Winner of the Pulitzer prize in 1974 and the culmination of a life's work, The Denial of Death is Ernest Becker's brilliant and impassioned answer to the "why" of human existence. In bold contrast to the predominant Freudian school of thought, Becker tackles the problem of the vital lie -- man's refusal to acknowledge his own mortality. In doing so, he sheds new light on the nature of humanity and issues a call to life and its living that still resonates more than twenty years after its writing.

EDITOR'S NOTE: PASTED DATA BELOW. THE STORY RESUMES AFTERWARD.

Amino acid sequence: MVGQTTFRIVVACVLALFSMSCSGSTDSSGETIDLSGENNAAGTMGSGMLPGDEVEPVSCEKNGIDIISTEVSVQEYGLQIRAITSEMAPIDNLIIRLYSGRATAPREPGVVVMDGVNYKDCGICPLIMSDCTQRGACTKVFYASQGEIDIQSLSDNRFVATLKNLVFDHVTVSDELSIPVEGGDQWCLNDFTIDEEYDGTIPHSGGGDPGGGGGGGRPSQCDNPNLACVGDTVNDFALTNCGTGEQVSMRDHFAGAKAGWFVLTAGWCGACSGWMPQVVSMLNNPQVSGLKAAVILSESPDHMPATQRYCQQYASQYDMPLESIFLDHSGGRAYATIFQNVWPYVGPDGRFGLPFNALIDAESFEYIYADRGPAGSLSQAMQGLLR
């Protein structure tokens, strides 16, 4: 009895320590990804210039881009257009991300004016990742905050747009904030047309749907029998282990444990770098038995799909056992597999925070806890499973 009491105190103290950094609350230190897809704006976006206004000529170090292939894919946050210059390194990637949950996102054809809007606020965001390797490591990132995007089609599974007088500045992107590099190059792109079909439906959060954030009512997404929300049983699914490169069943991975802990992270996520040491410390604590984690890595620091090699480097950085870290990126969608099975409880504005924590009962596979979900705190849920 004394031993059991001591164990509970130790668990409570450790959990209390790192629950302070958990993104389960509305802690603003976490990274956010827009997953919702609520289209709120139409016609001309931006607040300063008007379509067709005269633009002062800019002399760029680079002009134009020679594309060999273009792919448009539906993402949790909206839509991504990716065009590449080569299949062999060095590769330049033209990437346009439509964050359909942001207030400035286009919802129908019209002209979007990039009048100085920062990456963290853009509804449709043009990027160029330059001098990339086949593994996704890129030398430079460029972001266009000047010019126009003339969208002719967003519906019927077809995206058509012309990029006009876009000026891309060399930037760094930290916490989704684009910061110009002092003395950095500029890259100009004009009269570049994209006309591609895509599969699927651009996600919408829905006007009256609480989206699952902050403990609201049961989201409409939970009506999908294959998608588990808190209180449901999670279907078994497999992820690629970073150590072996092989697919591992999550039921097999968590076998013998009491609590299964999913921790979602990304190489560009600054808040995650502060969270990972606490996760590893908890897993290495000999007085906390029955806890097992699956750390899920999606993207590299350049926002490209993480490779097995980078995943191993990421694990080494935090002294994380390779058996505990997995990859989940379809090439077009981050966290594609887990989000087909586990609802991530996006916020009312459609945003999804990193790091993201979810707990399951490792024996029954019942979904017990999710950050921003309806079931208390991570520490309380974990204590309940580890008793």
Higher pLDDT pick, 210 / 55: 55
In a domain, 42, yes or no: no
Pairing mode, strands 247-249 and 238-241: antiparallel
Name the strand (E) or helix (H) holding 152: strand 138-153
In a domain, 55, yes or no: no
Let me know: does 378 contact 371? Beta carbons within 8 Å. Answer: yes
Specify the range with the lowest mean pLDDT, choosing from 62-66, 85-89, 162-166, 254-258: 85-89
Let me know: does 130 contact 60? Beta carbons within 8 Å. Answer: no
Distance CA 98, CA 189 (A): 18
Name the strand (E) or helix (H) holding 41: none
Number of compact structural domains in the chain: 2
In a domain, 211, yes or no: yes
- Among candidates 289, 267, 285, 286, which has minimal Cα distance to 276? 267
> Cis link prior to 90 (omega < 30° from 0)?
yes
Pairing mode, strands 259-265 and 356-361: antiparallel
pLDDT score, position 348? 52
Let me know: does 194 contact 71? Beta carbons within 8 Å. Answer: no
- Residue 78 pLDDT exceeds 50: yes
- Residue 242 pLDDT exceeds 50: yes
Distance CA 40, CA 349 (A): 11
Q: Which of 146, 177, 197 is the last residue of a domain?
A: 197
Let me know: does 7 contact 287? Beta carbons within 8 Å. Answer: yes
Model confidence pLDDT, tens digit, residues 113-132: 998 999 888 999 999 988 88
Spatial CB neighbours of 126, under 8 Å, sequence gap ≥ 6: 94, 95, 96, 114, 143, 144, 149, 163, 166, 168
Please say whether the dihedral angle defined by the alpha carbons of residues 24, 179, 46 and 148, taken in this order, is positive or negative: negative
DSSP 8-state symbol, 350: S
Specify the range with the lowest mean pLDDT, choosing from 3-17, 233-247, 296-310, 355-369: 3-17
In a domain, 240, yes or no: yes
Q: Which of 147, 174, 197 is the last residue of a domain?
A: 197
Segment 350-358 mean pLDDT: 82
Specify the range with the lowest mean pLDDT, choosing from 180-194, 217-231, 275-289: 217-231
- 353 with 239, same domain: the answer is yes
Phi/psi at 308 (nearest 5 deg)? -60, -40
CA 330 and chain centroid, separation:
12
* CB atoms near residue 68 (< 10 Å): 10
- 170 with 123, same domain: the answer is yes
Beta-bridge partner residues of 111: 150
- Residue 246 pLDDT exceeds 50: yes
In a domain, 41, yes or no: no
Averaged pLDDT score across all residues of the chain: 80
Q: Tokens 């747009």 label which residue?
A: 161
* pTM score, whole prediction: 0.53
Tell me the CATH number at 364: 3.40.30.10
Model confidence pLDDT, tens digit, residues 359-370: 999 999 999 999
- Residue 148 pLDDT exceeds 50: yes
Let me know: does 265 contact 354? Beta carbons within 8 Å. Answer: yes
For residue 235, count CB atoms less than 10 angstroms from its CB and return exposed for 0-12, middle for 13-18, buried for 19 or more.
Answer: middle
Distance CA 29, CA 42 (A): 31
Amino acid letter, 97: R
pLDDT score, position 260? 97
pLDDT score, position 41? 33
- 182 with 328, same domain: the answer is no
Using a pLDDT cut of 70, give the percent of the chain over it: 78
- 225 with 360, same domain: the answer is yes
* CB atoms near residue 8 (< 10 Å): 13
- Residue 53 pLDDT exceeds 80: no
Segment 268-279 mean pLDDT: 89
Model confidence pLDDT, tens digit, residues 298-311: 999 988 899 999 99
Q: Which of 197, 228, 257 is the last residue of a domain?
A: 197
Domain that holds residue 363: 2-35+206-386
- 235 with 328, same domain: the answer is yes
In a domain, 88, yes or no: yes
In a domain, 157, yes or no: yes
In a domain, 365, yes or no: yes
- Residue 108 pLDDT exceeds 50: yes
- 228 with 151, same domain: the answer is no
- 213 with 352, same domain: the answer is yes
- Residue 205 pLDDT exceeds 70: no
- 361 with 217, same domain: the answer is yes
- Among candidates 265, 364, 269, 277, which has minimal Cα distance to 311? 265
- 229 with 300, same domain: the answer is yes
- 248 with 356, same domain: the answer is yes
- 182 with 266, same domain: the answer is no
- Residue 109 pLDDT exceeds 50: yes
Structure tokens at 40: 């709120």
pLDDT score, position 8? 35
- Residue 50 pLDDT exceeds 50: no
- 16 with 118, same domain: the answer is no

"More than 100 scholars contributed to this carefully researched, well-organized, informative, and multi-disciplinary source on death studies. Volume 1, "The Presence of Death," examines the cultural, historical, and societal frameworks of death, such asthe universal fear of death, spirituality and varioius religions, the legal definition of death, suicide, and capital punishment. Volume 2, "The Response to Death," covers such topics as rites and ceremonies, grief and bereavement, and legal matters after death."--"The Top 20 Reference Titles of the Year," American Libraries, May 2004.